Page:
Dr. Earl R. Smith II

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In the Battle Against Inertia

“It is important to act on good ideas – I have not done that consistently.”

I recently came across this in one of my old journals. I remember the feelings that were there when I wrote it. Acting on good ideas is part of personal growth – part of an effort at self-improvement. The mind comes up with these flashes of lightening but it is the body that drives them into action. So where does this leadership come from – what leadership style is needed to consistently turn good ideas into action? How do you become an adviser to yourself – and adviser who does more than urge action and regret the lack of it?

The trap is, of course, that the very pursuit of this question can sink into a cesspool of self-recrimination. And, in that action, yet another good idea will pass into the realm of ‘good but not acted on’. The critical first step is leadership development – to bring forth the tendencies in your own reaction to good ideas that will increase the chances that they will be acted upon. And this step is more in the realm of spirituality than ‘management’. The turn of mind that allows you to follow-up on good ideas begins with a re-envisioning of some very important parts of yourself. So let’s talk about how you welcome – then deal with – ‘good ideas’.

How often do you celebrate the arrival of a good idea? How often do you take leadership in the announcement of its presence? Think about it. Do you make a ‘big thing’ out of it or tend to hide the fact of its arrival – perhaps under the suspicion that you really don’t get or deserve good ideas anyway. I’m not talking about blowing your own horn here – but blowing the ‘idea’s’ horn.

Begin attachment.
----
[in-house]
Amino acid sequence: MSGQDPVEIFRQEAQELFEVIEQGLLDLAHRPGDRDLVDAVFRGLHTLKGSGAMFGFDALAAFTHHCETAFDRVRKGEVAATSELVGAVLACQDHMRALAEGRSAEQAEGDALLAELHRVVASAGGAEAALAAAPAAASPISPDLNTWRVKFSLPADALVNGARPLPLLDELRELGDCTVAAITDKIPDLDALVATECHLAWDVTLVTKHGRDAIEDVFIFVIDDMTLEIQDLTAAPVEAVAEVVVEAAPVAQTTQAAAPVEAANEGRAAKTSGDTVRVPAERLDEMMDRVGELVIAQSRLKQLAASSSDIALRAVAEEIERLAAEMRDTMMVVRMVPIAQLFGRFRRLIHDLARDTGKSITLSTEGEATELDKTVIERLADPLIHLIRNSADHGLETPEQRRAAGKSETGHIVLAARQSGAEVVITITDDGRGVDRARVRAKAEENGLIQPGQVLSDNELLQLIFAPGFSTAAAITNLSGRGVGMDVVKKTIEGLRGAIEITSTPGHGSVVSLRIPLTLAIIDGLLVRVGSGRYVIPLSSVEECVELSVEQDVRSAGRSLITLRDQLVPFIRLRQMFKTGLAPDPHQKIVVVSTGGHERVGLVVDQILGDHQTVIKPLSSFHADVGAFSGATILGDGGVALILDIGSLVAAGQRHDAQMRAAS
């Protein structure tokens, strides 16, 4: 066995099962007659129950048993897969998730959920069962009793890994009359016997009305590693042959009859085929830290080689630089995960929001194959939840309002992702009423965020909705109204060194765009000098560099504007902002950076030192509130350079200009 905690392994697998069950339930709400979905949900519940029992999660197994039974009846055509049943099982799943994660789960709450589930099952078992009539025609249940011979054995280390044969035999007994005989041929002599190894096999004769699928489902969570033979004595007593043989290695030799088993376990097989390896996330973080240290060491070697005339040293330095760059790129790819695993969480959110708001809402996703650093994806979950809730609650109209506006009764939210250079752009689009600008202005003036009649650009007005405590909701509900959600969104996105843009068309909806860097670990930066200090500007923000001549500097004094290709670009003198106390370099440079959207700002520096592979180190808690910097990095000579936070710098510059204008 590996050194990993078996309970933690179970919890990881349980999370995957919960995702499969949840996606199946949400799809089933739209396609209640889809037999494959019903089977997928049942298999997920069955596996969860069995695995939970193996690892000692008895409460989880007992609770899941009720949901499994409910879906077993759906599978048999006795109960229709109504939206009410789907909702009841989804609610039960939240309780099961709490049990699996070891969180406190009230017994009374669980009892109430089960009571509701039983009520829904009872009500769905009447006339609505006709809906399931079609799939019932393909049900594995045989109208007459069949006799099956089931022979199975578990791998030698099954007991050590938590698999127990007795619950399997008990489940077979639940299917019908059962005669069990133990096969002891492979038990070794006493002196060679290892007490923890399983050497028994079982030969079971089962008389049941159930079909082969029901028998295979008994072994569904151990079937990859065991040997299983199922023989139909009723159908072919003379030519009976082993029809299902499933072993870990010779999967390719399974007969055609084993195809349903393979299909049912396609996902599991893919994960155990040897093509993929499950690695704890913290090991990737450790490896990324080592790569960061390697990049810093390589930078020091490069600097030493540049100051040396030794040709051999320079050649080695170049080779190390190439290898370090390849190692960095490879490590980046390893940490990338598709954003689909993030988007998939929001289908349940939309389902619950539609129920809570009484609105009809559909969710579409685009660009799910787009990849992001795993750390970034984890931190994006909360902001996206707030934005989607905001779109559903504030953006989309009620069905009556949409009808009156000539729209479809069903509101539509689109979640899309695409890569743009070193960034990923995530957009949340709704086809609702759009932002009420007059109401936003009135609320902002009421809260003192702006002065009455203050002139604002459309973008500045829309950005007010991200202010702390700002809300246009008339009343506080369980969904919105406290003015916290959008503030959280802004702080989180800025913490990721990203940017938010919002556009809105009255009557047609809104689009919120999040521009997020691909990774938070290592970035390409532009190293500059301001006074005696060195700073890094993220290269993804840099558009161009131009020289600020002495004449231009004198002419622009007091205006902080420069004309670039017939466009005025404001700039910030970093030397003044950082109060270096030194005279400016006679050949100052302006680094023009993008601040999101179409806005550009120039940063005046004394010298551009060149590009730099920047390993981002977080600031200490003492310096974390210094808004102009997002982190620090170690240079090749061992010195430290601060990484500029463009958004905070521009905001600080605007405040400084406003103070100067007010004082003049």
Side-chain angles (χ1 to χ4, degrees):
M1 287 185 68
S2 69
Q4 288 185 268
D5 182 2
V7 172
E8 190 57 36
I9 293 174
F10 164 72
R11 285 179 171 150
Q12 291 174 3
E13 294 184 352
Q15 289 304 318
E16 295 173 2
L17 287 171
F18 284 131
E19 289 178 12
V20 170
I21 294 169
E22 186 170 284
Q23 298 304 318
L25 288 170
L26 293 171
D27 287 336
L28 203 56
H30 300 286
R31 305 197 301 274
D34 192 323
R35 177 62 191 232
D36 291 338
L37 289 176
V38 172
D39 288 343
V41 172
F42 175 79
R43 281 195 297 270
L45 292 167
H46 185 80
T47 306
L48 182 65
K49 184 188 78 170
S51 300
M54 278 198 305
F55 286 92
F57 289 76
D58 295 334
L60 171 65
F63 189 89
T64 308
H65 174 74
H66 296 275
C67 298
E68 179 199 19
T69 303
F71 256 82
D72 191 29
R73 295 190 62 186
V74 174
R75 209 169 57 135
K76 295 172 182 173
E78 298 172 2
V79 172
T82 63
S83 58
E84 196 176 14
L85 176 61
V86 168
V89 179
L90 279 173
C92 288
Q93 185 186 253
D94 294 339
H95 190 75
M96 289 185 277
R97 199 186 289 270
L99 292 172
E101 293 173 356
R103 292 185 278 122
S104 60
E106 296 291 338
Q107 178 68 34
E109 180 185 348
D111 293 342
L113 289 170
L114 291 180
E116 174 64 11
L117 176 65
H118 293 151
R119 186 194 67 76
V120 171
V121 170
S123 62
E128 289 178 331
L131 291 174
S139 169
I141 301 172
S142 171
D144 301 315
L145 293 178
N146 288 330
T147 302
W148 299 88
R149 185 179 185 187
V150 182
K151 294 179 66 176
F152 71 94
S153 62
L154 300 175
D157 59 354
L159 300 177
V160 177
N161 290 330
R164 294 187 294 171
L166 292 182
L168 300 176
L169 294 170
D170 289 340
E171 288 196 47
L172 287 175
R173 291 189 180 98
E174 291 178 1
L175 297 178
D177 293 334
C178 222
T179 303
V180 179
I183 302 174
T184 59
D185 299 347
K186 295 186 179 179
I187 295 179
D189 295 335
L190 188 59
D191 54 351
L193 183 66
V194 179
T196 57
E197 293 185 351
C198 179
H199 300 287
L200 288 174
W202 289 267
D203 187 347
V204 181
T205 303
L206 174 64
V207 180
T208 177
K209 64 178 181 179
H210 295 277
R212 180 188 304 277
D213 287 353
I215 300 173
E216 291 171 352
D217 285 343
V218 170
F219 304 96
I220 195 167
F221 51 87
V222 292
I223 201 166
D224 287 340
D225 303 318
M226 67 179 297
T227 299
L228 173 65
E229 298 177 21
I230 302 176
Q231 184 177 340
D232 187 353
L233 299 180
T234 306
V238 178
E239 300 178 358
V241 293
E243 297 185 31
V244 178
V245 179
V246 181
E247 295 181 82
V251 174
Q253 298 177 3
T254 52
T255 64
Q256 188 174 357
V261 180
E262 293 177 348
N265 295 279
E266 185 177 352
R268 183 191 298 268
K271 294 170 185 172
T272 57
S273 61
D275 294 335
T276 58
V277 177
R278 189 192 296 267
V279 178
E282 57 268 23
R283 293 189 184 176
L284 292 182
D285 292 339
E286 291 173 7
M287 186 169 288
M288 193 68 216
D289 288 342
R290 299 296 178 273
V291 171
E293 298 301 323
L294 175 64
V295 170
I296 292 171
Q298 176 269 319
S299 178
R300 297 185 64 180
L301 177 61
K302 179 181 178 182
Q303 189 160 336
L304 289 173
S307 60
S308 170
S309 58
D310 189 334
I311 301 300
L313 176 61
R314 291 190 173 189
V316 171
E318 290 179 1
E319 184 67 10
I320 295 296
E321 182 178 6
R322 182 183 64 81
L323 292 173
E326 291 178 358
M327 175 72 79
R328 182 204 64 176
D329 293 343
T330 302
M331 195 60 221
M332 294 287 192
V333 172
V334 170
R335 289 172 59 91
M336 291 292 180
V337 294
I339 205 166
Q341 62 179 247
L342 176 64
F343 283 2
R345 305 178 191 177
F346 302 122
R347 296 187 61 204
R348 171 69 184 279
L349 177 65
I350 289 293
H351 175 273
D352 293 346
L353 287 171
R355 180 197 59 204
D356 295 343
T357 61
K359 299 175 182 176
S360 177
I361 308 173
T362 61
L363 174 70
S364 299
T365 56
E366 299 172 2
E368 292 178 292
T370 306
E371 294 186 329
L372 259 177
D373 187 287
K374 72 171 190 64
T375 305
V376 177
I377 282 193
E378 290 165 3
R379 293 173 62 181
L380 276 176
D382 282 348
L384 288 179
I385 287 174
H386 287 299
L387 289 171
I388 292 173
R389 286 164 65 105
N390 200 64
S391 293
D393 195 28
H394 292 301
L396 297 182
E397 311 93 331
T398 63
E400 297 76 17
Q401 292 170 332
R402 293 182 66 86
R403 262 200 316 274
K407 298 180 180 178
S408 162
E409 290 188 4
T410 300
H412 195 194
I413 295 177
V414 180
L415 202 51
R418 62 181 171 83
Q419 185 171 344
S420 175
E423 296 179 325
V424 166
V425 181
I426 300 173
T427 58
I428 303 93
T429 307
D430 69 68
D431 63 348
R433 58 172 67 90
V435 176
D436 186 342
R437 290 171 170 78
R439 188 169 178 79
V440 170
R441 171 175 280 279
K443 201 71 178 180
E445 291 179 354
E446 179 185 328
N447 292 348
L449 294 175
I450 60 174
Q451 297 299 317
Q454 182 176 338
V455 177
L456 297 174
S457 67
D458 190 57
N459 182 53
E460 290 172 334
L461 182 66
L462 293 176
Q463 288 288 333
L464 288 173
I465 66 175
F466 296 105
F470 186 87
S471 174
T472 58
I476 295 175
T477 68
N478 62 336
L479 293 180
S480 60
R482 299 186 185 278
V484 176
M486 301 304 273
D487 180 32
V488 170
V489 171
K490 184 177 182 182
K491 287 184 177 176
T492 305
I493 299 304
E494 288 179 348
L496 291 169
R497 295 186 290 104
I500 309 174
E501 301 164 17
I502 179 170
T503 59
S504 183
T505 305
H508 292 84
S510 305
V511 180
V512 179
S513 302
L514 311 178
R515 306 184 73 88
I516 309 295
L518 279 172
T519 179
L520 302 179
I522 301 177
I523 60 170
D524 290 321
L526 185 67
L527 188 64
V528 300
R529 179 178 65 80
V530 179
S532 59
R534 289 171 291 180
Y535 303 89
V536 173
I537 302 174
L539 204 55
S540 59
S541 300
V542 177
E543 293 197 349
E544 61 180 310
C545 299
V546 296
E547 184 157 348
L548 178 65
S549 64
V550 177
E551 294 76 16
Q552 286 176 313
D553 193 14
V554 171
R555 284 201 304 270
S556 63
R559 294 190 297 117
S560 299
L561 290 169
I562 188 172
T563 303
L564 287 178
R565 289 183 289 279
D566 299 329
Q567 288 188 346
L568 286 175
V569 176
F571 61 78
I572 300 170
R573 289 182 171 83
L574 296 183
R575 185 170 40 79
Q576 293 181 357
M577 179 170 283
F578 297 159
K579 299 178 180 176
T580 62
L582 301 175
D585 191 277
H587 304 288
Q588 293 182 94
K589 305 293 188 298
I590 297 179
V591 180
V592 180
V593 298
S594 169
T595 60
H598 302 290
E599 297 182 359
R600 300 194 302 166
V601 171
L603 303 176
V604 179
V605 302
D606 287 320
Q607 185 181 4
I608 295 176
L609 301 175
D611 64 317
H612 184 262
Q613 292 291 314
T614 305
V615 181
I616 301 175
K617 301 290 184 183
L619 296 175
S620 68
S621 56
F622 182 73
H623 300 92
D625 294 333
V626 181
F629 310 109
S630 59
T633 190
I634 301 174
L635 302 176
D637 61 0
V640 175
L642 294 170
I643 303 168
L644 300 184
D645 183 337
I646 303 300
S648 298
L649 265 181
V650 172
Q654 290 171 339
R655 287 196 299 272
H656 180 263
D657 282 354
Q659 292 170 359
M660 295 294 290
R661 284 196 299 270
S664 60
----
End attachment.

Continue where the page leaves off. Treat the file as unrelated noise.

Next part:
How often do you feel grateful that you have been blessed with this good idea? It’s one thing to recognize a good idea and yet another to realize that it came to you and not to somebody else. Do you think about that at all?

How often do you recognize a good idea for what it really is – a gift that you can give to others – a special something that will have value in their lives as well as in yours? The really marvelous thing about good ideas is that they don’t disappear when you share them with other – most often they get even better and more valuable. In an important sense you become the Chairman of the Board of Directors of this good idea – help it grow and become something even more potent – more valuable.

Finally, how often do you recognize that it was you and not somebody else that had this good idea? This goes directly to your own self-image and you need to think about it carefully. Do you see yourself as somebody who generates good ideas or are good ideas just accidents that happen to happen to you?

Here’s my suggestion – welcome each good idea and celebrate its arrival – feel grateful for having been chosen as the recipient of this marvelous gift – don’t hide your good ideas but share them with other and contribute to the making of even better ideas – and remember always that it was you that came up with the idea and you that can come up with others.

© Dr. Earl R. Smith II